Barring any last-minute changes, the Wake County school board will officially find out today that it will get $25 million less than what it wants from county commissioners for the next fiscal year.
The Wake County Board of Commissioners is expected to adopt this afternoon a 2014-15 fiscal year budget that will give the school system around $341 million instead of the $366 million that was requested. Commissioners, or at least the Republican majority, appear reluctant to raise property taxes any higher than the 4.4 cent increase that’s been proposed by County Manager Jim Hartmann to begin repaying the $810 million school construction bond issue approved by voters in October.
The school board has asked for a $39.3 million increase with $10.2 million for new programs and $29.1 million for across-the-board employee raises.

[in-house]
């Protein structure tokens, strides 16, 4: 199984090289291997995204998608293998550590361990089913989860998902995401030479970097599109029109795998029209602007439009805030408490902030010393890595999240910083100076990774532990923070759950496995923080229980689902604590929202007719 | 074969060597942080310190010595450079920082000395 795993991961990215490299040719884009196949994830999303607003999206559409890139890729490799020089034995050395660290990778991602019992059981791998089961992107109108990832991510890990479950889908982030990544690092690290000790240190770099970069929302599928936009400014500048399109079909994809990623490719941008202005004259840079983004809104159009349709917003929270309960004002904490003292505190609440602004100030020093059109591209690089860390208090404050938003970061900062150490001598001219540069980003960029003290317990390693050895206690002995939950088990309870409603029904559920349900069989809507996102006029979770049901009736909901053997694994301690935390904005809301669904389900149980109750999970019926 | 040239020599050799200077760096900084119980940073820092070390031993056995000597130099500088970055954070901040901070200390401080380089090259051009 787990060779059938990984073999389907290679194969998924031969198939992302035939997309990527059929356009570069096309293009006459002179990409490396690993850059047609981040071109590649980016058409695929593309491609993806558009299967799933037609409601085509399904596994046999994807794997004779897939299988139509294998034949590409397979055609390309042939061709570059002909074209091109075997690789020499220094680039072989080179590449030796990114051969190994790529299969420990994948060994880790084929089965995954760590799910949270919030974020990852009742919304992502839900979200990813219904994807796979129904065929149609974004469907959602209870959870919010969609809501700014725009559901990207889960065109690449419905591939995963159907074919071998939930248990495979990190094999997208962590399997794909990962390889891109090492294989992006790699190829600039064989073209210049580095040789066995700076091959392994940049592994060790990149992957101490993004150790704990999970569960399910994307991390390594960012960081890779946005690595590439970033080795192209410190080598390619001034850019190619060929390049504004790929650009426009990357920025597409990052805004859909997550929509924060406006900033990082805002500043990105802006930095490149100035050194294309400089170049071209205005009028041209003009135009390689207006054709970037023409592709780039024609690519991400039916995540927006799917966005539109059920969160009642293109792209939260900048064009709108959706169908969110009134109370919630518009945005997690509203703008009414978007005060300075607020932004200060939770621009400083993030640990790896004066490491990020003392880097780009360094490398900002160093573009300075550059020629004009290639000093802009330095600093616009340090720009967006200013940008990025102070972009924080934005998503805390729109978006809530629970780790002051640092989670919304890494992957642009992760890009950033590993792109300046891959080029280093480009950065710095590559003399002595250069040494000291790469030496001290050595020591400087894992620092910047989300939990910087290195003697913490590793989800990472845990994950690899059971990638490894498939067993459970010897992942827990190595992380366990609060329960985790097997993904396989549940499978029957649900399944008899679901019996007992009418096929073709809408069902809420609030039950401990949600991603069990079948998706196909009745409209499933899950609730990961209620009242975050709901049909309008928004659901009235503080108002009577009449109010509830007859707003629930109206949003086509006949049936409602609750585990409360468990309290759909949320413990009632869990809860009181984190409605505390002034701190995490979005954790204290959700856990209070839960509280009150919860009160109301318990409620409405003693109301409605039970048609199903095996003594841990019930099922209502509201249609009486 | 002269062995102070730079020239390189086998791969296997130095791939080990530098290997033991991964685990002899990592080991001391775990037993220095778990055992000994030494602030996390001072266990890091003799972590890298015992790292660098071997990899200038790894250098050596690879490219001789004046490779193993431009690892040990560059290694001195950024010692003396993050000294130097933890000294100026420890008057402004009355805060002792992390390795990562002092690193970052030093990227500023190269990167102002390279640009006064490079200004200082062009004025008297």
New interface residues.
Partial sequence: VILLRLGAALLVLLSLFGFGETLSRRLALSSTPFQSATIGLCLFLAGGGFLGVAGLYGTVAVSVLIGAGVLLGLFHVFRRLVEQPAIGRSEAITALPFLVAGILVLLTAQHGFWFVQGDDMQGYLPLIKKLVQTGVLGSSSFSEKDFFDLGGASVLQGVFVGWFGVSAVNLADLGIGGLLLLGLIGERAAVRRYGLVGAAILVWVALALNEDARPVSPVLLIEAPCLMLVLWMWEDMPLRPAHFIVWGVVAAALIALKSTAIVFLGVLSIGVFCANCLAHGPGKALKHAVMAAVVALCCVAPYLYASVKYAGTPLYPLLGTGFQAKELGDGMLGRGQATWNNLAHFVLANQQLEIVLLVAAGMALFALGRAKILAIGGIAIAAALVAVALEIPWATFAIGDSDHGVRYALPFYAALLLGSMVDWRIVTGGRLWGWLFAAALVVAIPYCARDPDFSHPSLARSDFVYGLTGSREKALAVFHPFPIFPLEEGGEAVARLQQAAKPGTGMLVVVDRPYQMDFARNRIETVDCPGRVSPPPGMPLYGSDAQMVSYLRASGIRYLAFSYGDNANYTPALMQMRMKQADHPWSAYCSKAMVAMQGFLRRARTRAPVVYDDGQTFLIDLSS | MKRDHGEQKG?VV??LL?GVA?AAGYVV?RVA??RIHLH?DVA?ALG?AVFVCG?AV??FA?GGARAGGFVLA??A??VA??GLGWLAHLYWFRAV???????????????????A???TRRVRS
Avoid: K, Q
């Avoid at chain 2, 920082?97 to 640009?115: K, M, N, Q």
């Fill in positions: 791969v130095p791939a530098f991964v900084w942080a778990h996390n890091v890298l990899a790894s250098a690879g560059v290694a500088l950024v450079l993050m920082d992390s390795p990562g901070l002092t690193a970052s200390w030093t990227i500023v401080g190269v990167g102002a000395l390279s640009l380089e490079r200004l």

Commissioners appear to be willing to provide the $10,2 million for the new program as well as $3.75 million in funds from excess liquor sales to pay for teacher raises. It wouldn’t require an additional property tax increase to give the school system that extra $14 million.
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During Thursday’s news conference, school board members urged commissioners to raise taxes 4.86 cents because that’s the amount voters were told might be needed if the bond issue passed. The tax increase is only 4.4 cents due to factors such as higher-than-projected county revenues and lower-than-projected interest rates.
“It’s our understanding that were they to go ahead and implement the tax increase that the public in effect approved by approving the bonds, then that then would free up another $6 million to $8 million a year that could be used for either school operating or for paying cash for additional construction,” said school board member Bill Fletcher. “They’ve chosen not to do that at this moment.”
An extra 0.46 cents on the property tax rate would work out to $11.50 more per year on a $250,000 home.